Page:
We'd be interested in seeing where the remaining travel agents are concentrated and which specialties may be growing while others continue their decline.
It’s been a tough few years for travel agents, and new data shows that the next decade probably won’t be any friendlier to the travel agency community.
According to the updated version of the Bureau of Labor Statistics’ Occupational Outlook Handbook, the travel agency community is set to shed jobs while other segments of the travel industry are expecting growth.
“Employment of travel agents is projected to decline 12 percent from 2014 to 2024,” reads the handbook. “The ability of travelers to use the Internet to research vacations and book their own trips is expected to continue to suppress demand for travel agents. An increasing amount of travel is also expected to be booked on mobile devices.”
The median income of the travel agent is projected to be a mere $34,800. The report does suggest that there is a silver lining for travel agents who are able to hang in there.
“However, the sheer number of travel and review websites can make travel planning a frustrating experience for some consumers,” it reads. “This may lead to an increasing number of people turning to travel agents to help filter through the options and give personal recommendations.”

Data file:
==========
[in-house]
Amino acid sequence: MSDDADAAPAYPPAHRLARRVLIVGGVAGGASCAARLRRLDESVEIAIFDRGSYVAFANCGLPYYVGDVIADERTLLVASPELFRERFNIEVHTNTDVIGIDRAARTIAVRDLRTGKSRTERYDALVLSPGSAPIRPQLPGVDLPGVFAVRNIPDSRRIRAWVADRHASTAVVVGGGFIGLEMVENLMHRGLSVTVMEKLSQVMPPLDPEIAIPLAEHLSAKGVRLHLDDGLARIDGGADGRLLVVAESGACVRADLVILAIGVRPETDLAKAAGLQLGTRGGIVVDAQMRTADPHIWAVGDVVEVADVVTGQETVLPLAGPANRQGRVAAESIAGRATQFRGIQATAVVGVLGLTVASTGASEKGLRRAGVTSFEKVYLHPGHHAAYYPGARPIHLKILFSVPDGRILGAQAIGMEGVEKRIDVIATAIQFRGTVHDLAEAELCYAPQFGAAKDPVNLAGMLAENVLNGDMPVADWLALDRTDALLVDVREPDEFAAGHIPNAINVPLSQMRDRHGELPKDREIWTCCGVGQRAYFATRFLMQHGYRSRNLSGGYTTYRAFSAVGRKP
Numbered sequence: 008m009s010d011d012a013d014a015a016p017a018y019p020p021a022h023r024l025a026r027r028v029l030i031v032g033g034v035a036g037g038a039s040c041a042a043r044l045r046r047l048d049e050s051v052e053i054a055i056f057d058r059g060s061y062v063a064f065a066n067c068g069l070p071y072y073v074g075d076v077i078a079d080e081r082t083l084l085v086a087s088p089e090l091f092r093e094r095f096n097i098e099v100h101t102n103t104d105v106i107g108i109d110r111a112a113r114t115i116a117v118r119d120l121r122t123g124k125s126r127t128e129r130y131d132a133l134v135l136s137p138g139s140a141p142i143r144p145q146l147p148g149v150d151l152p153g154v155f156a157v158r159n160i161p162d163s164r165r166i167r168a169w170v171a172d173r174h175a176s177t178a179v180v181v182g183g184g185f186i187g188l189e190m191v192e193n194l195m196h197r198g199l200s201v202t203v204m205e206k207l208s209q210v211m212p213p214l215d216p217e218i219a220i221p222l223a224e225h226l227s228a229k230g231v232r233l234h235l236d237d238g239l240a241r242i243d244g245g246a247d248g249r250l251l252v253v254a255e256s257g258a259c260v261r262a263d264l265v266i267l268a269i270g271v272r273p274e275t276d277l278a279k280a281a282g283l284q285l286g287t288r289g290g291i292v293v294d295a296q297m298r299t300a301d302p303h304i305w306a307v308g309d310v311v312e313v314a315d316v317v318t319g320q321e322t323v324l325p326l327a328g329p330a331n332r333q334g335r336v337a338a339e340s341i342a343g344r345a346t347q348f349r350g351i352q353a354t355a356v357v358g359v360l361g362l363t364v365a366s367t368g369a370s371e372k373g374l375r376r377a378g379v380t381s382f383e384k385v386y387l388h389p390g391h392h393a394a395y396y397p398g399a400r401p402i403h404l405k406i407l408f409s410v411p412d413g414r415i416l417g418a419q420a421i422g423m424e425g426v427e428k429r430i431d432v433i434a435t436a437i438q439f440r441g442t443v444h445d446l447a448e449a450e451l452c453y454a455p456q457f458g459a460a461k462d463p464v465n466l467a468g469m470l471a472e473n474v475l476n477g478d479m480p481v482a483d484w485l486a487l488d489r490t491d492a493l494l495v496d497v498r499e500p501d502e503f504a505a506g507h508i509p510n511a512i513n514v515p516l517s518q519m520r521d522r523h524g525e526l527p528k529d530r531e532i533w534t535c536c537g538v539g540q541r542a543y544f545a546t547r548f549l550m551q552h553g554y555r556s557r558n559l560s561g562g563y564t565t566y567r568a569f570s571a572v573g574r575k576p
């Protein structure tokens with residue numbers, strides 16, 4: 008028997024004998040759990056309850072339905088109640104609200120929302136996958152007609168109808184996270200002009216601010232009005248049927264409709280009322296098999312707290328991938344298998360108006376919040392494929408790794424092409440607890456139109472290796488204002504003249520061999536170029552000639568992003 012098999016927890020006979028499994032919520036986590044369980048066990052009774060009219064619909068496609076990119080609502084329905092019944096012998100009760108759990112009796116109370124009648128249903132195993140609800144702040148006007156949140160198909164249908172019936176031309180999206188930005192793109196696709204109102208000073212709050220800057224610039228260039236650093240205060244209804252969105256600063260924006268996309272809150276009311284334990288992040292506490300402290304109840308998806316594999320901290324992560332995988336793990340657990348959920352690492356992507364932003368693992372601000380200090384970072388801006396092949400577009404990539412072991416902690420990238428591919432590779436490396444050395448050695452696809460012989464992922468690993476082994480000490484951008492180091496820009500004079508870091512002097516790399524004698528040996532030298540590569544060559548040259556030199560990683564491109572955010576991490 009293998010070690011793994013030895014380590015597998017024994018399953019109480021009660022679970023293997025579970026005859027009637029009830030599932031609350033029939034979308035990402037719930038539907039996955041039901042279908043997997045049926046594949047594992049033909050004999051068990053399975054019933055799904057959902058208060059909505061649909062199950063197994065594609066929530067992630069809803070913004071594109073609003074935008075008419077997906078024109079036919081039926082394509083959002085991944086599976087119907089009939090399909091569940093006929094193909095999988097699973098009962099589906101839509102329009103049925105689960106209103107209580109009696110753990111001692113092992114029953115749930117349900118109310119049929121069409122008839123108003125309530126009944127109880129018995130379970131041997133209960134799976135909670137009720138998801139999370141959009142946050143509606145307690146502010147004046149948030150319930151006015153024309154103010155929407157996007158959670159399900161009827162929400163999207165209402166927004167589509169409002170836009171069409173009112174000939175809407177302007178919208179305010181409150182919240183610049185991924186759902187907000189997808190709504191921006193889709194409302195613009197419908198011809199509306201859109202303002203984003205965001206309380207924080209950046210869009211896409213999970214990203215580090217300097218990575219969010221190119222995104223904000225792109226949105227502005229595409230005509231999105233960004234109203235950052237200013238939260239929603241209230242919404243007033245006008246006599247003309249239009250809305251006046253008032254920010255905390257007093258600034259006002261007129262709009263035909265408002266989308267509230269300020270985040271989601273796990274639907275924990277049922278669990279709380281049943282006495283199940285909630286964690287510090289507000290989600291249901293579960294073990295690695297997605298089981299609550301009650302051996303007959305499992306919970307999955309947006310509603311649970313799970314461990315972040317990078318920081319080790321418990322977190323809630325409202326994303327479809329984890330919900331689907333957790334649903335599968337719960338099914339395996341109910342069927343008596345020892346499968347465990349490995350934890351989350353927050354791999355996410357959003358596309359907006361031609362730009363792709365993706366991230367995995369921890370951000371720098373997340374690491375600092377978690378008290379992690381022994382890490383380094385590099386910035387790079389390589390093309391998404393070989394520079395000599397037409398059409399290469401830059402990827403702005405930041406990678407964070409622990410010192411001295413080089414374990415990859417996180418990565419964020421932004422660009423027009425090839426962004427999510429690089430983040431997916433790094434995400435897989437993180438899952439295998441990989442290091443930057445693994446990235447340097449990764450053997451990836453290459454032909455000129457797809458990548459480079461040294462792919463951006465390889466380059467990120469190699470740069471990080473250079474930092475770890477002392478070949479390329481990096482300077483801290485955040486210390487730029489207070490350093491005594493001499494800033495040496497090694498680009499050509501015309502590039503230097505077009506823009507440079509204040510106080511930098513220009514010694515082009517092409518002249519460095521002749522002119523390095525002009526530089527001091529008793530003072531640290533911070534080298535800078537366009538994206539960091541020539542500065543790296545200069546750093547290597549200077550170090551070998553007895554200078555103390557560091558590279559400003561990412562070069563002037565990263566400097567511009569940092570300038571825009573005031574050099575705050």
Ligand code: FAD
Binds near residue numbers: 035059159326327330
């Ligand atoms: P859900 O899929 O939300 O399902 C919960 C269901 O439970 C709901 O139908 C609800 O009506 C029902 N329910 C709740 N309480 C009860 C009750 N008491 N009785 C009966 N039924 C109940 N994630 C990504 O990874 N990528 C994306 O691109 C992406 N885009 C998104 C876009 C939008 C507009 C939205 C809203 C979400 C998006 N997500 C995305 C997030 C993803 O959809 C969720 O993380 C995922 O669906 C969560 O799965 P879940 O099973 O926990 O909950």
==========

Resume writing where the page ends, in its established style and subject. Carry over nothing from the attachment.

To put things in perspective, the workforce of the average occupation in the U.S. is expected to grow by seven percent over that time period.
Other segments of the travel industry are poised to experience strong growth over the same period.
Lodging managers, or hotel workers in other words, are expected to see an eight percent increase in jobs. Taxi drivers and chauffeurs are slated for 13 percent growth, thanks to improved efficiency spurred by ride-sharing technology.
“Employment of taxi drivers and chauffeurs is projected to grow 13 percent from 2014 to 2024, faster than the average for all occupations,” reads the handbook. “An increase in ride-hailing services, that utilize electronic hailing through smartphone apps, should contribute to employment growth.”
Even flight attendants are expected to see a two percent growth in workforce by 2022.
What other travel occupations are losing workers in a similar fashion?
Railroad workers are expected to see a three percent decrease in workers. Other than that, the various segments of the travel industry are expected to experience solid growth well into the new decade.
To be transparent, journalists also face a tough road ahead; reporters are expected to see a nine percent decline, while editors are set for a five percent decline. [If Uber is reading this article, just remember I have above average people skills when my inevitable application hits your inbox.]
Here’s a breakdown of where different travel sectors stand in terms of occupational growth.
|2014 median pay||2014 number of jobs||2014-2024 growth|
Source: Bureau of Labor Statistics’ Occupational Outlook Handbook
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Photo credit: A taxi driver in New York City. Jim Pennucci / Flickr